August 14, 1998

New unit dedicated to care of trauma patients debuts

New unit dedicated to care of trauma patients debuts

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Mayor Phil Bredesen (right) helped cut the ribbon on VUMC's new trauma unit with (from left) Dr. John Morris Jr., Dr. Harry Jacobson, Sandy Greeno, M.S.N., and Dr. John Sargent. (Photo by Donna Jones Bailey)

Vanderbilt University Medical Center's commitment to providing the region's highest level of care to critically injured patients is being bolstered by a new 31-bed unit dedicated to trauma care.

Located on the 10th floor of Vanderbilt University Hospital, the new Trauma Care Center is designed to enhance the critical care services Vanderbilt University Medical Center already provides ‹ services which long ago led to its designation as the region's only level-one trauma center, the highest level attainable.

The new center will provide important new opportunities to improve the quality and efficiency of trauma care at Vanderbilt, said Dr. John A. Morris Jr., professor of surgery and director of the trauma patient care center.

"Aggregation of trauma patients on a single unit will allow greater focus on the special needs of our patients and help further the expertise of our staff," Morris said. Trauma patients currently are served by the surgical intensive care unit and six other surgical and orthopaedic care units.

The space on 10 North, formerly an adolescent care unit, has been renovated to include 14 intensive care beds and 17 stepdown beds. A room for radiological testing has been installed, saving patients from transit to the first floor, and the 10th floor central waiting room has been enlarged. The Surgical Intensive Care Unit (SICU) will remain on the hospital's third floor.

With the new unit will come a new way of working, said Sandy Greeno, administrative director of the trauma patient care center.

"With this consolidation of our trauma staff we¹re undergoing a big effort to instill the patient care center¹s mission, vision and values," Greeno said.

The new unit is also expected to boost efficiency by reducing costs.

"The care of trauma is inefficient by nature, but from a systems standpoint this consolidation also will allow us to manage as efficiently as we can," Morris said, adding that the trauma unit has targeted a 4 percent reduction in cost per patient during its first year in operation.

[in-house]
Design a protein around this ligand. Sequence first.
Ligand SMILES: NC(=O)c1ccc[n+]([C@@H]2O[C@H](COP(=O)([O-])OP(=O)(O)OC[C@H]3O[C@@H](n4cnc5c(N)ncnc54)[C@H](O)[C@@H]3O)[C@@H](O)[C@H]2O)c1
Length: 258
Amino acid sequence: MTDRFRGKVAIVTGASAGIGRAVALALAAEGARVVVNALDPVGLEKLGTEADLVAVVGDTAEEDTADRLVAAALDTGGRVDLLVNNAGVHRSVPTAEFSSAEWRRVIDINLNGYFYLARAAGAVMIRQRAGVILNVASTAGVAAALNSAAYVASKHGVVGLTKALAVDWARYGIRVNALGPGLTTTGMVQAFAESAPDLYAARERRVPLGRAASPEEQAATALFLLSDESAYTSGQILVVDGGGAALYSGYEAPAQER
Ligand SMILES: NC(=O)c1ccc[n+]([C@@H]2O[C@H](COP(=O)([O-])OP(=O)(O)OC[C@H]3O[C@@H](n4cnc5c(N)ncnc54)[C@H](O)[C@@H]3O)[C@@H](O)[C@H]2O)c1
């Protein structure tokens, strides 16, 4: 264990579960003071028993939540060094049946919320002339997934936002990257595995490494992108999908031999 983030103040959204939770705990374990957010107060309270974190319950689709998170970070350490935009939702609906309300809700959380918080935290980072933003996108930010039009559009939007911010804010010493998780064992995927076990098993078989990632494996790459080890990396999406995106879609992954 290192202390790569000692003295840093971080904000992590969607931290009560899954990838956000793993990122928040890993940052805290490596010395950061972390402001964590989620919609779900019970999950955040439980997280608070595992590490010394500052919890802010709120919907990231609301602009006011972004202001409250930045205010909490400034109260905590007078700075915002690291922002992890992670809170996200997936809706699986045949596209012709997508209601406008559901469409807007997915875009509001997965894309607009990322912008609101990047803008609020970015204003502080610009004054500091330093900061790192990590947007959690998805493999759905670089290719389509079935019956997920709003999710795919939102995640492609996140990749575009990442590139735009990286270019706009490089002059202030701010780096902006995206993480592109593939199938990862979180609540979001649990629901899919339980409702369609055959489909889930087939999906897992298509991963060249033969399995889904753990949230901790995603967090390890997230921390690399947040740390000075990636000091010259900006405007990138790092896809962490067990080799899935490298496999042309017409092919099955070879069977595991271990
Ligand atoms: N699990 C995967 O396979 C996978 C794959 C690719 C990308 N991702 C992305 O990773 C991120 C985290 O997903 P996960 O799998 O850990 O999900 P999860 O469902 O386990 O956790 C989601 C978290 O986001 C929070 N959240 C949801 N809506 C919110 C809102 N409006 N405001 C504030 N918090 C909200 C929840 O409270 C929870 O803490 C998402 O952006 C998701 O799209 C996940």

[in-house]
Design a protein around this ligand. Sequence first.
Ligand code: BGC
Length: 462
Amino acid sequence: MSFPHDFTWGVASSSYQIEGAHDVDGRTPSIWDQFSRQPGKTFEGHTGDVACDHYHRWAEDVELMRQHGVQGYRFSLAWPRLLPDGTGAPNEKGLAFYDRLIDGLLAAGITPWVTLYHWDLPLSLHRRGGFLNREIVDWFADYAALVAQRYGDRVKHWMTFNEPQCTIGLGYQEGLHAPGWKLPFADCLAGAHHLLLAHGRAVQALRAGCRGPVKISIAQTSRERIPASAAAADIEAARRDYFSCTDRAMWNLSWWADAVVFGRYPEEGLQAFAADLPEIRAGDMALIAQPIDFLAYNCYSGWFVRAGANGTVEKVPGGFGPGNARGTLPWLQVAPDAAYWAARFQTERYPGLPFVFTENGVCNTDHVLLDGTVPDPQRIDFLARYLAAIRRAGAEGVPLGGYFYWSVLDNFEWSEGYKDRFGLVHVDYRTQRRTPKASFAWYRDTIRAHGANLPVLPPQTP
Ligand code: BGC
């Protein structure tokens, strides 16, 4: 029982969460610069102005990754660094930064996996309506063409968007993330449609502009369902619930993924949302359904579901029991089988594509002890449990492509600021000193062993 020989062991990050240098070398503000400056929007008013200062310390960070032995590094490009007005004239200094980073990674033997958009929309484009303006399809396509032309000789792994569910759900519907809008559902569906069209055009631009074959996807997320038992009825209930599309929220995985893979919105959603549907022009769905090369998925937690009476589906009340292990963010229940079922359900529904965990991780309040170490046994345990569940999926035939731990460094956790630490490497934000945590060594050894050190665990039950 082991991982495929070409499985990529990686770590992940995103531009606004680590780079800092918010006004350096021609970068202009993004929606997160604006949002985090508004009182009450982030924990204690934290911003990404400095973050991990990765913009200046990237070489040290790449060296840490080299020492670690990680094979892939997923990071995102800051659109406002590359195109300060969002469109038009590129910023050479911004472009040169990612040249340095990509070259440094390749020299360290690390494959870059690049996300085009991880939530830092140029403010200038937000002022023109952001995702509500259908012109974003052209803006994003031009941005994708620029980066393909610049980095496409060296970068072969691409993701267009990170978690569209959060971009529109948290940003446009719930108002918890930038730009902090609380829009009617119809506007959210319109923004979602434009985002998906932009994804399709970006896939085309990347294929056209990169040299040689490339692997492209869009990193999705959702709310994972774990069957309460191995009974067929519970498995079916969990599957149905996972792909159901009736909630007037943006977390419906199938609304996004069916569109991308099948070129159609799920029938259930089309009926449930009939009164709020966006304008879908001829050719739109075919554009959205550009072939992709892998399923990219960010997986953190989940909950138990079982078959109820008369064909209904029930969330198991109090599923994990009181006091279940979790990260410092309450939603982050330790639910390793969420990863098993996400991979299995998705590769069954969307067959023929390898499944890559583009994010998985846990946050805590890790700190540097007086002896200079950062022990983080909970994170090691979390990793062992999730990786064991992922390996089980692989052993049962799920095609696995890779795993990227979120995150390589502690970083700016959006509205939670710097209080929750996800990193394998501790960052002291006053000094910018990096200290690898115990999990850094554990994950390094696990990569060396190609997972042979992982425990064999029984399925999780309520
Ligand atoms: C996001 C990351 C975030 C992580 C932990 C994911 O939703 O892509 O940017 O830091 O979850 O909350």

VUMC provides a blanket of protection across a 62,000-square-mile coverage area, and its services are needed now more than ever before. During the past decade, VUMC has experienced a dramatic increase in the number of trauma patients treated. There are approximately 3,000 trauma admissions every year, compared with 2,000 annually 10 years ago. These figures include adult trauma, pediatric trauma and burn patients.

The new center adds to VUMC's broad range of trauma patient care services, which includes the LifeFlight air ambulance service, the burn unit, rehabilitation and trauma prevention education programs.

The burn unit began taking trauma patients in March after its nurses underwent brief training in the SICU, and the burn unit will remain available as the only other VUH unit accepting trauma patients.

"The new organizational structure at VUMC is based on each patient care center receiving a set number of beds, eliminating overflow to other areas," Greeno said.

With the opening of the new trauma unit the SICU¹s average daily census in the short term is expected to drop from 25 to 12. The SICU will stay on 3 North and undergo renovations to better suit the intensive care needs of current surgical patients and to allow for expected growth of Vanderbilt¹s cardio-thoracic surgery program.

Vanderbilt undertook thorough efforts to support intensive care staff in the transition to new duties. Leaders for trauma and the SICU produced a twice-monthly newsletter devoted to a smooth transition and held twice-monthly meetings to air staff concerns. In April the SICU¹s 70 nurses and 30 clinical support staff were asked to state their preferences regarding unit, shift and total hours of work per week. Assignments were based on their preferences and their work experience, and the majority of the nursing staff and all of the support staff received their first choice, Greeno said.